The COVID-19 pandemic is unravelling decades of health, education and other advances for children across South Asia, and governments must take urgent action to prevent millions of families from slipping back into poverty, UNICEF said in a new reportreleased today.
With the pandemic expanding rapidly across a region that contains a quarter of the world’s population, Lives Upended describes the disastrous immediate and longer-term consequences that the virus and the measures to curb it have had on 600 million children and the services they depend on.
“The side-effects of the pandemic across South Asia, including the lockdown and other measures, have been damaging for children in numerous ways,” said Jean Gough, UNICEF Regional Director for South Asia. “But the longer-term impact of the economic crisis on children will be on a different scale entirely. Without urgent action now, COVID-19 could destroy the hopes and futures of an entire generation.”
In Pakistan, which is amongst the top twenty countries impacted by COVID-19, the already burdened public health system faces enormous challenge to curb the spread of the virus as well as continue the provision of access to essential health and nutrition services. Educational facilities are closed, with millions of children not going to school, putting more children at risk of dropping out of schools permanently and joining the nearly 23 million who are already out-of-school.
The outbreak has caused further shrinkage in resources for service delivery in education and health, where public sector investments is already below the levels needed – 2.3 per cent and 0.76 per cent of the GPD respectively.
“The COVID-19 pandemic is a health crisis that will become a child right crisis if we don’t act now,” said Aida Girma, UNICEF Representative in Pakistan. Schools are closed, children have missed on their immunization and more families are being pushed into poverty, with devastating effects on the health and well-being of children and adolescents. We must safeguard the health and survival the most vulnerable by ensuring the continuity of critical services and increasing investments in education, health and child-sensitive social protection schemes.”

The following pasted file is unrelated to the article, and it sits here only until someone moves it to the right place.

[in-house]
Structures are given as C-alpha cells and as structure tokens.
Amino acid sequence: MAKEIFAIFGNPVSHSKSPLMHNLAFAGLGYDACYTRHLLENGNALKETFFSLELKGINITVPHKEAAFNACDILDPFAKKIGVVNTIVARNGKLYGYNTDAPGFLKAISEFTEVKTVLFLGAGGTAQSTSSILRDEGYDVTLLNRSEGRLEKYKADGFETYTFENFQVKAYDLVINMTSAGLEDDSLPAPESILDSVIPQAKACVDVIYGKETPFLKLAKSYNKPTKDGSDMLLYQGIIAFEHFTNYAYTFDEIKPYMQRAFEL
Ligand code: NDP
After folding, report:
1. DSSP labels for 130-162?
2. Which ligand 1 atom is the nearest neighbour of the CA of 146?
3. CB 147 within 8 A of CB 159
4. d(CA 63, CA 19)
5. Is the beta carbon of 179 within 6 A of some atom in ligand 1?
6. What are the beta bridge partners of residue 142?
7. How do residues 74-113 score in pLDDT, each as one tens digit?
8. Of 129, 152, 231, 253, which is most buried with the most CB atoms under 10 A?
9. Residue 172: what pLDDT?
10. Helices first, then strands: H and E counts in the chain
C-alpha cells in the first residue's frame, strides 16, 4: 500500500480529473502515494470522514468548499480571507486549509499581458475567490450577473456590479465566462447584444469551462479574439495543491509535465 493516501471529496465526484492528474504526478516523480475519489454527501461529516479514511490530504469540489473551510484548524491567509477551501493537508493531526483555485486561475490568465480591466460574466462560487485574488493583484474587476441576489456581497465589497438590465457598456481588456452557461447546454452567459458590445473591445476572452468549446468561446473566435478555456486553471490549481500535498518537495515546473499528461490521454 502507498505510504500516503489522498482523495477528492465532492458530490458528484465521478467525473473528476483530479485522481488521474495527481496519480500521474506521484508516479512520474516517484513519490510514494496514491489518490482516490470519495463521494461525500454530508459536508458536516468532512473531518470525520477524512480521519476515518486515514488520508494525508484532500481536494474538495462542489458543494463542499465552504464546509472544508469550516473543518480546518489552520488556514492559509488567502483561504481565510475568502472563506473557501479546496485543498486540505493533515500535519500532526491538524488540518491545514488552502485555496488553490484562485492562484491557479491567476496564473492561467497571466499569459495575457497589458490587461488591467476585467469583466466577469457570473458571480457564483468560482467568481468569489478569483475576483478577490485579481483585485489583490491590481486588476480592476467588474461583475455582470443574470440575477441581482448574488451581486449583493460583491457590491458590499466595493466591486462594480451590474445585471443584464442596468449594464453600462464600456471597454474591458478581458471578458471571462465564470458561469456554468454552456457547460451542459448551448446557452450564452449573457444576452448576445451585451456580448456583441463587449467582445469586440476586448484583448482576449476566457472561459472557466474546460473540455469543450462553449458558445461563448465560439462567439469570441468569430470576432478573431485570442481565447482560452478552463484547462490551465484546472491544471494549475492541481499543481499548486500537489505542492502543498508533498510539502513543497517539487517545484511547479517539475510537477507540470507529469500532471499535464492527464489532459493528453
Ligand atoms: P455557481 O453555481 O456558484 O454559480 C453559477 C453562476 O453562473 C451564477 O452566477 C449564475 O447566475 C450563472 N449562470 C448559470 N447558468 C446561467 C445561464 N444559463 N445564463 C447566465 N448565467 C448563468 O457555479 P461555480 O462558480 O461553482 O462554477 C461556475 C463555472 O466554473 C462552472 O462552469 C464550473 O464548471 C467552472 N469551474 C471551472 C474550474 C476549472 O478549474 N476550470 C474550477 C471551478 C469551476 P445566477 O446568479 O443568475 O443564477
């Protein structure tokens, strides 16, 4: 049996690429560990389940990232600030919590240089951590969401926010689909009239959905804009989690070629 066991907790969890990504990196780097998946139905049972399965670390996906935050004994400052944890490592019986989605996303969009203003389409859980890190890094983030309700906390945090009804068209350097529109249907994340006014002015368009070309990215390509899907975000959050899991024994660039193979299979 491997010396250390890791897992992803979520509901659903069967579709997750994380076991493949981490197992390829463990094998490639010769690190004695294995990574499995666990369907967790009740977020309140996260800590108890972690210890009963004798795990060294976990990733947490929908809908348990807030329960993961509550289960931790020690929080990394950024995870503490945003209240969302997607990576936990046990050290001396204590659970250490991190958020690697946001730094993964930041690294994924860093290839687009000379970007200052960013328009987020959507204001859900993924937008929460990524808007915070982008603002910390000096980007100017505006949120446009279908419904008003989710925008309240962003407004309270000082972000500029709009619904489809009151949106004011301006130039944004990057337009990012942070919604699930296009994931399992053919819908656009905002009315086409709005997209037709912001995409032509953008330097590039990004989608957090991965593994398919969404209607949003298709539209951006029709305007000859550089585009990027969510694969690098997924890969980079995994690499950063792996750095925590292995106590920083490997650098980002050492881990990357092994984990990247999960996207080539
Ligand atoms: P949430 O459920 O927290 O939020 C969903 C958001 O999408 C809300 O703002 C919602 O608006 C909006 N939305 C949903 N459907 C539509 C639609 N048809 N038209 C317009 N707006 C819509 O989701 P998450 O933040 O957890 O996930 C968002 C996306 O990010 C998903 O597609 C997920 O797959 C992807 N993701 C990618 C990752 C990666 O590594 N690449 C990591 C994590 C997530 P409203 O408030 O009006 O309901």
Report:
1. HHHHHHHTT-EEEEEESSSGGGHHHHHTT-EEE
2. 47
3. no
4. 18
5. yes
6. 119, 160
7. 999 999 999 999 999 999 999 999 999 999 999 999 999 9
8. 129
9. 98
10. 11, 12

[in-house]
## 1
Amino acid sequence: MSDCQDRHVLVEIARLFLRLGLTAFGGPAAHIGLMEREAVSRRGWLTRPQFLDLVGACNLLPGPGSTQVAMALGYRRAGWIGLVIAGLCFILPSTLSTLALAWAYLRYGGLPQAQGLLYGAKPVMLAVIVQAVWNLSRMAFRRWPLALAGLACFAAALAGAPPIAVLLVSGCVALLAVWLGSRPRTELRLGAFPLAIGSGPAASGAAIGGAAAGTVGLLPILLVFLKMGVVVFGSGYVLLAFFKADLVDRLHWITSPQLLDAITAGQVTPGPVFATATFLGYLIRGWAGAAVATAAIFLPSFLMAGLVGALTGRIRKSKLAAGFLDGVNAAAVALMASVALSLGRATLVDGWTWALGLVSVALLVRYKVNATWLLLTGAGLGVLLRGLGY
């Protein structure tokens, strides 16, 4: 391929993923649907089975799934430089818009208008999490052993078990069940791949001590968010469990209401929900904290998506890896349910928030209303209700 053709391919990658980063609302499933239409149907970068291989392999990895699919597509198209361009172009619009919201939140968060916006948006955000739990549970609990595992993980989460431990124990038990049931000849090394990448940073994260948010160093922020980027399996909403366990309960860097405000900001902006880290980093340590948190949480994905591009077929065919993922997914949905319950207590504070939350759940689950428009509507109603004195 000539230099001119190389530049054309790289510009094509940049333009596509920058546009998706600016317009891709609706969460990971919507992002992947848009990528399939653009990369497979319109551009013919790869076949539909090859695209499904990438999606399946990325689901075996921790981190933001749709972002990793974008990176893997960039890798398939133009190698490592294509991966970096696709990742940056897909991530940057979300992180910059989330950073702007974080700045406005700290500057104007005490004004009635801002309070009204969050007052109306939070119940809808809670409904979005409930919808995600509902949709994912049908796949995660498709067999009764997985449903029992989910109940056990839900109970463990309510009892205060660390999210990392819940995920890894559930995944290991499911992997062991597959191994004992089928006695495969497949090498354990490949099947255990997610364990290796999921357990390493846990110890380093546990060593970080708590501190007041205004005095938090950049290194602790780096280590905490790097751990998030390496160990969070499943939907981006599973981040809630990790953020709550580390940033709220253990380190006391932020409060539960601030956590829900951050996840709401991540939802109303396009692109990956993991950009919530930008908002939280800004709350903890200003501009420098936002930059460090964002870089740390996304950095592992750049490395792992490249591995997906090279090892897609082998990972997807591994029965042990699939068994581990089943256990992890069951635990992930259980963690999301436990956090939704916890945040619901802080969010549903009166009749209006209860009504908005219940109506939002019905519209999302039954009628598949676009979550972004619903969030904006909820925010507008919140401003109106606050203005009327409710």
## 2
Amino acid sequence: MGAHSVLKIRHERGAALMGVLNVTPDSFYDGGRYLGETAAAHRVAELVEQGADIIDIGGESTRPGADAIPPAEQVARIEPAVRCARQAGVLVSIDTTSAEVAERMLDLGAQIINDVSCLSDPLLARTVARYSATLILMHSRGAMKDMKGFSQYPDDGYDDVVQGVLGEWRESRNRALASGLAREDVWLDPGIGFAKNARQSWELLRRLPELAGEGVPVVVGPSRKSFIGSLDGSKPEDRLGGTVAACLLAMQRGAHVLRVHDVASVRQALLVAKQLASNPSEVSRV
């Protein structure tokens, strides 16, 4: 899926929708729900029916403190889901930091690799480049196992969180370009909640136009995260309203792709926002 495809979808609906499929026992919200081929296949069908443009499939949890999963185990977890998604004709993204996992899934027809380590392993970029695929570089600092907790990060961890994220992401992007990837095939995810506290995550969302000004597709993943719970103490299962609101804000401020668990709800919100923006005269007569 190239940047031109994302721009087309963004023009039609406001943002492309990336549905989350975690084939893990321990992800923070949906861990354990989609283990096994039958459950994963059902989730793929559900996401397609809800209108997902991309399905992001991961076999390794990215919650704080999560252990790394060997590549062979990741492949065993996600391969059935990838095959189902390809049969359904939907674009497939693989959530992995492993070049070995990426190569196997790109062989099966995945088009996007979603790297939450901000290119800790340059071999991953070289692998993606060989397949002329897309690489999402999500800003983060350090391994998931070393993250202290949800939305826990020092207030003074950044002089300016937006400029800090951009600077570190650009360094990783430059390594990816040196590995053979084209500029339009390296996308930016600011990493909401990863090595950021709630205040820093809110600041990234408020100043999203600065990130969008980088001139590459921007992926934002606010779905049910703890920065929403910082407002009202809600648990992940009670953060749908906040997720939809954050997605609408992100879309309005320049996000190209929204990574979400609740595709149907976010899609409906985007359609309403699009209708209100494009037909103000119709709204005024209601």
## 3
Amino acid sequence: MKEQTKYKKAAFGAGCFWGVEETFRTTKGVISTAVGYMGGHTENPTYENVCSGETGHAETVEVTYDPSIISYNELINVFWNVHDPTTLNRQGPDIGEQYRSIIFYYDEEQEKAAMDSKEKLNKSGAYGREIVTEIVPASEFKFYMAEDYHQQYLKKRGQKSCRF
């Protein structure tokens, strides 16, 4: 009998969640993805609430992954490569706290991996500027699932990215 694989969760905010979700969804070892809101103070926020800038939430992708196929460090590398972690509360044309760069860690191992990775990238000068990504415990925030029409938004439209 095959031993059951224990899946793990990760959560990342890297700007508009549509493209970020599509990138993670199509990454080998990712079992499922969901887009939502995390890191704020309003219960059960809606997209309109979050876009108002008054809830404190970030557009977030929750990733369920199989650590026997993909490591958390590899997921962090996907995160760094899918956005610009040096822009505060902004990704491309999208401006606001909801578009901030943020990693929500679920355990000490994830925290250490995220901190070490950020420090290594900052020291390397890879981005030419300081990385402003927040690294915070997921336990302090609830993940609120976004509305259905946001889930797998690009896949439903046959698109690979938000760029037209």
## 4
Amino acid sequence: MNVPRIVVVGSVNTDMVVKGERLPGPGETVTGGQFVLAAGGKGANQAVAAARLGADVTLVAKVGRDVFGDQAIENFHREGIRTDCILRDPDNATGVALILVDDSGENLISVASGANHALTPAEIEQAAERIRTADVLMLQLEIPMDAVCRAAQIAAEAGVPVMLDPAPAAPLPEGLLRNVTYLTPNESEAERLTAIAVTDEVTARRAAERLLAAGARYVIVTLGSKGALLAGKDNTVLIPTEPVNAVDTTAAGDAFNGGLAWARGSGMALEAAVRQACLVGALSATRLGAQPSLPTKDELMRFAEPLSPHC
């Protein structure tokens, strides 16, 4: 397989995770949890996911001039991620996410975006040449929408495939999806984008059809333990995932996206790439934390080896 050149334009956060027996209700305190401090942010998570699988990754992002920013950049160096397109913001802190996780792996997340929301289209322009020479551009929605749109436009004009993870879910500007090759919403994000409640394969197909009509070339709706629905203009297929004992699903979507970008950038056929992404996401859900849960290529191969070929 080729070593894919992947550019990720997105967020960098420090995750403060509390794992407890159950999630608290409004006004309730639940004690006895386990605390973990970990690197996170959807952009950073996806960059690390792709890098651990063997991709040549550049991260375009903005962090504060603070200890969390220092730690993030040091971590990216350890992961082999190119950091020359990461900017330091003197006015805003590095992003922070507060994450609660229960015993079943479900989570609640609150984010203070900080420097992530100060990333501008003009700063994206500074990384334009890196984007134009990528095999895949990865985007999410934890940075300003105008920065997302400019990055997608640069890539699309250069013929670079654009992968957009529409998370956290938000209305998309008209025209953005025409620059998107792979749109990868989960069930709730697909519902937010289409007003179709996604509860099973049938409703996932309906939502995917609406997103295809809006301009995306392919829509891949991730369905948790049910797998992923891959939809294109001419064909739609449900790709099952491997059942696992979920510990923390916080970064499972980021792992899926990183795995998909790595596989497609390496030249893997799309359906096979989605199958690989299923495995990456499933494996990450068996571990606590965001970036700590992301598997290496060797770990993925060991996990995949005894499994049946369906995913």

In April 2020, two-third of children in Pakistan missed on routine immunization as compared to January, increasing the risk of vaccine-preventable diseases outbreaks, which could lead to an increase in child mortality. Almost 40 million under five-year-old children missed out on their polio immunization as the nationwide April campaign had to be postponed.
According to the Lancet, wasting will be responsible for 18% to 23% excess mortality among children under 5 in contexts where already fragile health systems are further stretched by the COVID-19 response. This situation is of particular concern in Pakistan, where 40% of children were already stunted before and 2.5 million already suffered from severe wasting, with a prevalence of wasting already beyond the emergency threshold.
Since the onset of COVID-19, UNICEF has been working alongside the Government of Pakistan, provincial governments and other partnersto mitigate the impact of the pandemic. Besides supporting a comprehensive public awareness campaign on symptoms and precautions against coronavirus, UNICEF is assisting in theprocurement and distribution of Personal Protective Equipment for frontline health workers, installation of handwashing stations at public points, provision of remote learning and sustaining the essential health and nutrition services in the country.
Focusing on South Asia, the new Reporthighlights that the immunization, nutrition and other vital health services in the region have been severely disrupted, potentially threatening the lives of up to 459,000 children and mothers across South Asia over the next six months.
With schools closed, more than 430 million children in the region have had to rely on remote learning which have only partially filled the gap; many households – especially in rural areas – have no electricity, let alone internet access. There are concerns that some disadvantaged students may join the nearly 32 million children who were already out of school before COVID-19 struck.
The report also notes that life-saving vaccination campaigns against measles, polio and other diseases must resume, as should work to help the estimated 7.7 million children who suffer from severe wasting — more than half the global total. Schools should reopen as soon as possible provided adequate handwashing and other physical distancing precautions are in place.
In order to mitigate the impact of COVID-19 on poorer families, the report says that Governments should immediately direct more resources towards social protection schemes, including emergency universal child benefits and school feeding programmes.